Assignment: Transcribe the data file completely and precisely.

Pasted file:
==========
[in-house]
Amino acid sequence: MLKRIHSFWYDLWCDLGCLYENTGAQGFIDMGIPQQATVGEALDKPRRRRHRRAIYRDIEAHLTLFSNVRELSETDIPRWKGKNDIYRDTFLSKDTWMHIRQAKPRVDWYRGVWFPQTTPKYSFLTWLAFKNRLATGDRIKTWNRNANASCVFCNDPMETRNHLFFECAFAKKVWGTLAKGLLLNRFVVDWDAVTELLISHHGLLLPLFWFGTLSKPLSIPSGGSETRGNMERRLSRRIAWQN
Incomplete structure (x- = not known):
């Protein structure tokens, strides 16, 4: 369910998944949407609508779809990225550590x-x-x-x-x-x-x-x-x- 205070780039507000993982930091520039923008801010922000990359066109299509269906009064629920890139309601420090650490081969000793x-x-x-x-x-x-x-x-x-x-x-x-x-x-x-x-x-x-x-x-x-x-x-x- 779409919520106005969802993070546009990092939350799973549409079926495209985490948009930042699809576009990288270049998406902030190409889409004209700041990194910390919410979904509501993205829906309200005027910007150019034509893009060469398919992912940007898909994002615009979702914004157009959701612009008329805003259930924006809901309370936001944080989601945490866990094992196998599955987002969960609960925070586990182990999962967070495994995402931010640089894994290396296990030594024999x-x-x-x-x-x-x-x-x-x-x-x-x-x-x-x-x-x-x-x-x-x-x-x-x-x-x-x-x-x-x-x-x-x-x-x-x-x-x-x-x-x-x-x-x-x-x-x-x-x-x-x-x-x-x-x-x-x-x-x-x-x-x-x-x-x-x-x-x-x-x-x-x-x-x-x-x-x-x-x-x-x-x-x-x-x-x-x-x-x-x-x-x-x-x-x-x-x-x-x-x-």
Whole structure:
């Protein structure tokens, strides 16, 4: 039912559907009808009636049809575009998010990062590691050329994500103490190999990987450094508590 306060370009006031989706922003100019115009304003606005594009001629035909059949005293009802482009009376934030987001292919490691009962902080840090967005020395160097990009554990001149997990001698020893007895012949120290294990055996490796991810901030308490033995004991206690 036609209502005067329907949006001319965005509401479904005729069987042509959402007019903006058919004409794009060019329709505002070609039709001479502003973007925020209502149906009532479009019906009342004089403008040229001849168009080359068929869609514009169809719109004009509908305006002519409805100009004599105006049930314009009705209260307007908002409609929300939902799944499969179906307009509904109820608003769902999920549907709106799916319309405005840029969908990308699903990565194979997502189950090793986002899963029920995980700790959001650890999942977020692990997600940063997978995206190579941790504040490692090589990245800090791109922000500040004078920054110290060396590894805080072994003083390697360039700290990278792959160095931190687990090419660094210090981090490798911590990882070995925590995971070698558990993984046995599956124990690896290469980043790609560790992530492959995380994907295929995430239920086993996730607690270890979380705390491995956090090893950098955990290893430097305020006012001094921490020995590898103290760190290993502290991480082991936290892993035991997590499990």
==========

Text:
[in-house]
Amino acid sequence: MLKRIHSFWYDLWCDLGCLYENTGAQGFIDMGIPQQATVGEALDKPRRRRHRRAIYRDIEAHLTLFSNVRELSETDIPRWKGKNDIYRDTFLSKDTWMHIRQAKPRVDWYRGVWFPQTTPKYSFLTWLAFKNRLATGDRIKTWNRNANASCVFCNDPMETRNHLFFECAFAKKVWGTLAKGLLLNRFVVDWDAVTELLISHHGLLLPLFWFGTLSKPLSIPSGGSETRGNMERRLSRRIAWQN
Incomplete structure (x- = not known):
């Protein structure tokens, strides 16, 4: 369910998944949407609508779809990225550590x-x-x-x-x-x-x-x-x- 205070780039507000993982930091520039923008801010922000990359066109299509269906009064629920890139309601420090650490081969000793x-x-x-x-x-x-x-x-x-x-x-x-x-x-x-x-x-x-x-x-x-x-x-x- 779409919520106005969802993070546009990092939350799973549409079926495209985490948009930042699809576009990288270049998406902030190409889409004209700041990194910390919410979904509501993205829906309200005027910007150019034509893009060469398919992912940007898909994002615009979702914004157009959701612009008329805003259930924006809901309370936001944080989601945490866990094992196998599955987002969960609960925070586990182990999962967070495994995402931010640089894994290396296990030594024999x-x-x-x-x-x-x-x-x-x-x-x-x-x-x-x-x-x-x-x-x-x-x-x-x-x-x-x-x-x-x-x-x-x-x-x-x-x-x-x-x-x-x-x-x-x-x-x-x-x-x-x-x-x-x-x-x-x-x-x-x-x-x-x-x-x-x-x-x-x-x-x-x-x-x-x-x-x-x-x-x-x-x-x-x-x-x-x-x-x-x-x-x-x-x-x-x-x-x-x-x-």
Whole structure:
């Protein structure tokens, strides 16, 4: 039912559907009808009636049809575009998010990062590691050329994500103490190999990987450094508590 306060370009006031989706922003100019115009304003606005594009001629035909059949005293009802482009009376934030987001292919490691009962902080840090967005020395160097990009554990001149997990001698020893007895012949120290294990055996490796991810901030308490033995004991206690 036609209502005067329907949006001319965005509401479904005729069987042509959402007019903006058919004409794009060019329709505002070609039709001479502003973007925020209502149906009532479009019906009342004089403008040229001849168009080359068929869609514009169809719109004009509908305006002519409805100009004599105006049930314009009705209260307007908002409609929300939902799944499969179906307009509904109820608003769902999920549907709106799916319309405005840029969908990308699903990565194979997502189950090793986002899963029920995980700790959001650890999942977020692990997600940063997978995206190579941790504040490692090589990245800090791109922000500040004078920054110290060396590894805080072994003083390697360039700290990278792959160095931190687990090419660094210090981090490798911590990882070995925590995971070698558990993984046995599956124990690896290469980043790609560790992530492959995380994907295929995430239920086993996730607690270890979380705390491995956090090893950098955990290893430097305020006012001094921490020995590898103290760190290993502290991480082991936290892993035991997590499990």